To further examine the specificity of expression level of PtoFRK genes, we tested the expression of these genes under different conditions, such as treatment with the hormone ABA, or different stresses (drought, heavy metal, and high temperature). Indeed, some of these genes do show different expressions in response to distinct stress conditions (Supplementary Figure S1). Notably, PtoFRK1 and PtoFRK2 were differentially expressed in at least one of the four time points measured (1, 3, 6, or 12 h) under all abiotic stresses, suggesting that their functions may be biased toward more central roles in networks. However, under these stresses, no differences in expression level were detected in PtoFRK6, 7, 8, and 9 from lineage-specific clades.

Lineage-Specific PtoFRK Genes Have Higher Potential for Functional Divergence

We used association analysis to further elucidate the potential functions of lineage-specific PtoFRKs in growth and wood formation. To this end, we have identified SNPs in the PtoFRK genes within the regions 1 kb downstream and 2 kb upstream of each gene. Totally, 4,446 common SNPs with frequency ≥ 0.05 within 7 full length of PtoFRK genes were detected, which approximate 19 SNPs per kb. The MLM module in TASSEL 5.0 was used to find significant associations between different phenotypes, including seven wood property traits and three growth (HC, holocellulose content; HEC, hemicellulose content; CC, cellulose content; LC, lignin content; FW, fiber width; FL, fiber length; and MFA, microfibril angle; H, tree height; V, stem volume; DBH, diameter at breast height), and genotypes for the SNPs, which were verified the accuracy with multiple testing by using FDR. We have identified 45 significant single marker associations (P < 0.01; Q ≤ 0.1) which represents 34 SNPs found in 7 candidate genes, and these associations would associate with two wood property and two growth traits. The individual SNPs explained between 10% (PtoFRK3-SNP24) and 22% (PtoFRK6-SNP87) (Supplementary Table S2) of the phenotypic variation, which was the highest contribution to phenotype, suggesting that the PtoFRK genes may play important roles in wood property traits and tree growth.

We contrasted the association of PtoFRKs of different tissues, which revealed a striking difference between Populus-conserved and Populus-specific PtoFRK genes. As expected, the marker-trait association analyses revealed that Populus-conserved FRK genes were more associated with growth and wood property traits. For Populus-conserved FRKs, 31 significant single-marker associations (P < 0.01, Q < 0.1), which represent 25 unique SNPs in PtoFRK genes, were detected, and they associated with four traits including two growth and two wood property traits. For example, 18 SNPs were significantly associated (P < 0.01, Q < 0.1) with D, FW, and V with 10.0% (PtoFRK3-SNP24) to 21.0% (PtoFRK2-SNP82) of the phenotypic variance (R2) (Figure 4A and Table 4). Eight SNPs (PtoFRK5-SNP14, PtoFRK5-SNP32, PtoFRK5-SNP59, PtoFRK6-SNP23, PtoFRK6-SNP44, PtoFRK6-SNP56, PtoFRK6-SNP87, and PtoFRK6-SNP92) associated with four traits (D, V, FW, and LC) with 20.0% (PtoFRK5-SNP14) to 22.0% (PtoFRK6-SNP87) of the phenotypic variance (Figure 4A and Table 4).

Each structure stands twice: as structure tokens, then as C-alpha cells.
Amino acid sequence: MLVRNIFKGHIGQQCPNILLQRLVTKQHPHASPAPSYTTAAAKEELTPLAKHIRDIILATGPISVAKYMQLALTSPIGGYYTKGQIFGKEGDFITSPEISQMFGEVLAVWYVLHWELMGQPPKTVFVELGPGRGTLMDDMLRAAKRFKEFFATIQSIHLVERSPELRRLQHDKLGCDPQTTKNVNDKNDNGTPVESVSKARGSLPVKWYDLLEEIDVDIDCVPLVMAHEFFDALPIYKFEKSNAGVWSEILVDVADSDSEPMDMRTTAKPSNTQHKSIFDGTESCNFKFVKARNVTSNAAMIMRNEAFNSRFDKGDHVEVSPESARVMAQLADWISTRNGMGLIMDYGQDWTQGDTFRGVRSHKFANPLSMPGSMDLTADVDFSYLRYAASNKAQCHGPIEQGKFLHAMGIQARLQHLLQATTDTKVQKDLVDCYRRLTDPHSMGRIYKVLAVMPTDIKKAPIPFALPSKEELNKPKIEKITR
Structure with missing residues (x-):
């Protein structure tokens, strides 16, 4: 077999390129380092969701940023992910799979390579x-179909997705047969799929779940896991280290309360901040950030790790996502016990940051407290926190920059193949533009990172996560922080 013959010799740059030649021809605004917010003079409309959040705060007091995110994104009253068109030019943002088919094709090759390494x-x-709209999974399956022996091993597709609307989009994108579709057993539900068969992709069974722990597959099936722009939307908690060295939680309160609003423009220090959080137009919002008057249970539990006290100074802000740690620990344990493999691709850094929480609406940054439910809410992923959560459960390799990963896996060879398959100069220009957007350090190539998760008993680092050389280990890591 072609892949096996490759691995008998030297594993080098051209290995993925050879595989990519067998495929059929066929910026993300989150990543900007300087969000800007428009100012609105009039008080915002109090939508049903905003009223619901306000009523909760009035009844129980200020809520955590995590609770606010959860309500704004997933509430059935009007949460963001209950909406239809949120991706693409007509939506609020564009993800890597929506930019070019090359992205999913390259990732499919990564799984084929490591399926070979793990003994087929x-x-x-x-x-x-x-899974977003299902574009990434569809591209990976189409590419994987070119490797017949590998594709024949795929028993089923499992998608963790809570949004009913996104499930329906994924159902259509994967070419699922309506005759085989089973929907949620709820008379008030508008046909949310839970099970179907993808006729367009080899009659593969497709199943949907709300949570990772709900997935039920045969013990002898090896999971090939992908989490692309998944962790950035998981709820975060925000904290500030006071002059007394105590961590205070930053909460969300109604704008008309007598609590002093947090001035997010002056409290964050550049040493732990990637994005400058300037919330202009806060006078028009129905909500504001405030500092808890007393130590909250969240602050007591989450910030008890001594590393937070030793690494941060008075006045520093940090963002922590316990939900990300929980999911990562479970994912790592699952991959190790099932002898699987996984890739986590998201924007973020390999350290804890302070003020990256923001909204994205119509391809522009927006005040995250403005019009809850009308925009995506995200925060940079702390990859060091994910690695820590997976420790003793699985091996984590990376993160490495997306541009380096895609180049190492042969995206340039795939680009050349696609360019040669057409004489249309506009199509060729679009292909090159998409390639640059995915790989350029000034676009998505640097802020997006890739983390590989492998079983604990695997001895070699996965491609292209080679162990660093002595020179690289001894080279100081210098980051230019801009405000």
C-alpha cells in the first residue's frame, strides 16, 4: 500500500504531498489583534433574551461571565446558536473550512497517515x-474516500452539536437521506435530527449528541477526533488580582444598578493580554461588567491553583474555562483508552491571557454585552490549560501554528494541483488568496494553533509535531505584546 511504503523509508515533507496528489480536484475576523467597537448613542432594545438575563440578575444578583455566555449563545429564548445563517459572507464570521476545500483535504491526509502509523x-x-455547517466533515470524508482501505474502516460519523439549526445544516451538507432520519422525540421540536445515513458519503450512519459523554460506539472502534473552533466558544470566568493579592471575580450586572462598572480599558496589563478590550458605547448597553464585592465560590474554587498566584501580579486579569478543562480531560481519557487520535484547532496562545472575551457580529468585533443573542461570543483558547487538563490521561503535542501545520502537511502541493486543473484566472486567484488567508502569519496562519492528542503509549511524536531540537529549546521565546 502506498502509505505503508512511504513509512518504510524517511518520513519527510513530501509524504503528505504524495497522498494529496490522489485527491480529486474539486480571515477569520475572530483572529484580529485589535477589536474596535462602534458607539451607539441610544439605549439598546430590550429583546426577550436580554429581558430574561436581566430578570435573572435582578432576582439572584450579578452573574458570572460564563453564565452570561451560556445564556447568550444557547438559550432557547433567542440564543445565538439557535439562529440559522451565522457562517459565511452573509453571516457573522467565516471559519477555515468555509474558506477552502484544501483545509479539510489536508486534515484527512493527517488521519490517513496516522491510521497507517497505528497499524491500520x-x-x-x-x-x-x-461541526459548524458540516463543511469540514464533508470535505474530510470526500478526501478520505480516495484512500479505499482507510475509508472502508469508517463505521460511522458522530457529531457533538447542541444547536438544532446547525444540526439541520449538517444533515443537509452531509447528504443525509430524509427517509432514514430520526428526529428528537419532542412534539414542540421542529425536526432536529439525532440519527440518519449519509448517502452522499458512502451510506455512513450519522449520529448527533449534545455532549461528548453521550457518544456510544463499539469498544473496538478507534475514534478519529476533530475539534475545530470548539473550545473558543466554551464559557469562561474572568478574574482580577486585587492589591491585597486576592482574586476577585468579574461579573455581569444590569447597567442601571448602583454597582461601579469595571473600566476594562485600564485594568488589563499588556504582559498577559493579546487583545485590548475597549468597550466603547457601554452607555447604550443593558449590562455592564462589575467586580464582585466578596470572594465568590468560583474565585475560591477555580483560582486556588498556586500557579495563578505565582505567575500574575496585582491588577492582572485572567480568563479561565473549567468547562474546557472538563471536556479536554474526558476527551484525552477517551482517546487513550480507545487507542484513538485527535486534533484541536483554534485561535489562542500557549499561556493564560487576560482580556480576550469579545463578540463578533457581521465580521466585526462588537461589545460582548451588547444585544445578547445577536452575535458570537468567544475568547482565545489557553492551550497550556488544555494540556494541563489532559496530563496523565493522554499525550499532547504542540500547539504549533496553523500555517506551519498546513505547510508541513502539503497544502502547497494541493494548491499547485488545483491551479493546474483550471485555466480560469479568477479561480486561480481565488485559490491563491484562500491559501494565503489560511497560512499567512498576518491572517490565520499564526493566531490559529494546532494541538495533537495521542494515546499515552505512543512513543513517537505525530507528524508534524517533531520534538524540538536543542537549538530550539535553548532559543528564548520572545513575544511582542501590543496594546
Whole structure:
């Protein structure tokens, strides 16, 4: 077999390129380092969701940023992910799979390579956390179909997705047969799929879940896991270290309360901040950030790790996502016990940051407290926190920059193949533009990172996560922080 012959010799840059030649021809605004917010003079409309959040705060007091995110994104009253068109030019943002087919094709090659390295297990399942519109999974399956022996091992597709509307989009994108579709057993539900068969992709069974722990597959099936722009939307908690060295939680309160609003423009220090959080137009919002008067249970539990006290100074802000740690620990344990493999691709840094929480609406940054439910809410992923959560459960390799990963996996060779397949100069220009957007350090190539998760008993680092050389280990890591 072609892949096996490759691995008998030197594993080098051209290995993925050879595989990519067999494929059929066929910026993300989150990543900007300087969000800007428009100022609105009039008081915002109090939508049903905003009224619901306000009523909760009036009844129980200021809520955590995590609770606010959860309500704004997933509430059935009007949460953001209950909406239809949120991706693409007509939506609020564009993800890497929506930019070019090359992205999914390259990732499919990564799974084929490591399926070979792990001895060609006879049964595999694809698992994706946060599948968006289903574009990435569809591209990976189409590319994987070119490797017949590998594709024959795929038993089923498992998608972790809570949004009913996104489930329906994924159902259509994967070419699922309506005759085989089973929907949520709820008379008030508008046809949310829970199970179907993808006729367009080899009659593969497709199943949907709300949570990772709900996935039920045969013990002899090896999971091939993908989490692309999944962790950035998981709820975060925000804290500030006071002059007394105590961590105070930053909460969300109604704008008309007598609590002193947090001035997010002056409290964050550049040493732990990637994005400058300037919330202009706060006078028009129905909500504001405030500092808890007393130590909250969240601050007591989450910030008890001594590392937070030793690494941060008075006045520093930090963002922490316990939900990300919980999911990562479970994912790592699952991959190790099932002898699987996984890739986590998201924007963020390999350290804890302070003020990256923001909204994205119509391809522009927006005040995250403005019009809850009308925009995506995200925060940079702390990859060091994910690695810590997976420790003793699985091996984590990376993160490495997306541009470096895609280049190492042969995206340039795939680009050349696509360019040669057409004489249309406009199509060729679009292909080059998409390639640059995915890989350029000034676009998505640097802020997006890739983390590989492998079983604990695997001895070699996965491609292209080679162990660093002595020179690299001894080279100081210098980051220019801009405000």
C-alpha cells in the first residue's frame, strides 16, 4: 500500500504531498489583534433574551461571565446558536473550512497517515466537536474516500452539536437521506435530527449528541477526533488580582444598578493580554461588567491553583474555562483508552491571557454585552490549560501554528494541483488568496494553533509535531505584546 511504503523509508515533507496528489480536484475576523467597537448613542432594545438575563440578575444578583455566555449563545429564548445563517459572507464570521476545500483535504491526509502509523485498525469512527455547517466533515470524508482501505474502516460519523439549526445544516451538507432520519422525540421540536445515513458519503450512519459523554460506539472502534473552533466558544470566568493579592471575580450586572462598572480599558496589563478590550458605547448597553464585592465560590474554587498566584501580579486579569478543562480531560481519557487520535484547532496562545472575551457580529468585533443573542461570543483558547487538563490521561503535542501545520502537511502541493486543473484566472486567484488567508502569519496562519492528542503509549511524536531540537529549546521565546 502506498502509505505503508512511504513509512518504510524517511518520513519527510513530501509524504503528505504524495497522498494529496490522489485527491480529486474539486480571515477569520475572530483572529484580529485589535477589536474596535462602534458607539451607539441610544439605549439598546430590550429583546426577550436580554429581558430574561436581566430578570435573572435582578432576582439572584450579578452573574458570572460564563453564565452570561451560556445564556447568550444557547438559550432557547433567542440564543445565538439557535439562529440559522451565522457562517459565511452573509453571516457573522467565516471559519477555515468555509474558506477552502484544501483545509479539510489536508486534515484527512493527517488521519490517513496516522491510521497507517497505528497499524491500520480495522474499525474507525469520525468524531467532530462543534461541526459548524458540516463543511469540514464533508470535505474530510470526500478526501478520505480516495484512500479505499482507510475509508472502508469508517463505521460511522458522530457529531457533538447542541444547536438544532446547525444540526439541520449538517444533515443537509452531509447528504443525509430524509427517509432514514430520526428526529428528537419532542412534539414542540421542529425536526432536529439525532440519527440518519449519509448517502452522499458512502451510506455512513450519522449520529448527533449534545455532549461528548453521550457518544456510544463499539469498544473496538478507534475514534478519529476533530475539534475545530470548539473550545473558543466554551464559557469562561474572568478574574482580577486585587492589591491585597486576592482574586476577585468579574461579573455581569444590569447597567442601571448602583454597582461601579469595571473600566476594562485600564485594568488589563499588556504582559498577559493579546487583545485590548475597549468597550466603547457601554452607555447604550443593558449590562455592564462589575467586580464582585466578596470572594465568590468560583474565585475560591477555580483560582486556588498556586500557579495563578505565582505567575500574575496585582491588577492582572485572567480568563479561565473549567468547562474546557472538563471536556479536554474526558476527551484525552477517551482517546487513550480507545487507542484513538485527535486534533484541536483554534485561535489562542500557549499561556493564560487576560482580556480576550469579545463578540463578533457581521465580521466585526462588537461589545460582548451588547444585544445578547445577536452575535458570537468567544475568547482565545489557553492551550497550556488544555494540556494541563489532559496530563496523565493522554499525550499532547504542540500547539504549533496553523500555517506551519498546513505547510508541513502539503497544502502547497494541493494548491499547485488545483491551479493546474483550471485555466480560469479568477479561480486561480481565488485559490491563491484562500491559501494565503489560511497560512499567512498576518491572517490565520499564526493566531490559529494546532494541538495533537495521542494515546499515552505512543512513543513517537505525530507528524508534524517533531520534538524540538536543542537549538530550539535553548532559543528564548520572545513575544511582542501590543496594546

Figure 4. The single SNP-based associations and the haplotype-based associations in the association population of P. tomentosa. (A) The single SNP based associations between significant SNPs from PtoFRKs and their associated traits. The lines represent the significant associations. (B) The genotypic effect for the significant haplotypes of PtoFRK2-SNP22-26 and single SNP-based association of PtoFRK2-SNP23.


Table 4. Summary of significant SNPs within PtoFRKs associated with growth and wood properties in the association population of P. tomentosa.

Moreover, for lineage-specific PtoFRK genes, only 14 significant associations (P < 0.01, Q < 0.1) representing 9 unique SNPs in 4 PtoFRK genes were detected to be associated with two wood property traits (FW and LC). For example, four SNPs in PtoFRK4 (PtoFRK4-SNP12, PtoFRK4-SNP47, PtoFRK4-SNP66, and PtoFRK4-SNP73) associated with FW and LC with 11.0% (PtoFRK4-SNP12) to 16.0% (PtoFRK4-SNP73) of the phenotypic variance (R2). In clade V, six SNPs in PtoFRKs (PtoFRK8-SNP26, PtoFRK8-SNP54, PtoFRK8-SNP80, PtoFRK9-SNP19, PtoFRK9-SNP32, and PtoFRK9-SNP55) associated with FW and LC with 12.0% (PtoFRK8-SNP80) to 13.0% (PtoFRK8-SNP54) of the phenotypic variance (Figure 4A and Table 4).

Furthermore, haplotype-based associations, performed by haplotype trend regression, were used to explore the genetic effect of PtoFRKs. Specially, one haplotype (T-T-A-T-T) from PtoFRK2 associated with FW, which was supported by significant single SNP-based associations of PtoFRK genes with the same wood property traits (Figure 4B). This further supported the idea that this FRK can play an important role in wood formation (Figure 4B). Together, the significant marker-trait association analyses indicated that FRK, a core kinase in glycolysis, plays an important role in wood formation and growth in P. tomentosa.


Domain Loss and Gain Events of the FRK Gene Family

To what we know today, radiation, and colonization of land plant are major or main keystones in the evolutionary process of living organisms (Graham et al., 2012), which can shape the diversity of plant species, landscape and atmosphere on Earth (Kenrick and Crane, 1997). This was accompanied by the changes including genome, physiological, and morphological to deal with the challenging conditions (Graham et al., 2012; Harholt et al., 2015). Therefore, the transition of plants from the oceans to land required several functional adaptations, and it must have been accompanied by multiple protein gain and loss events of motif or domain, for functional domains were the key elements of functional divergence, and they are the main components of proteins and are essential for protein function and protein interactions (Bagowski et al., 2010).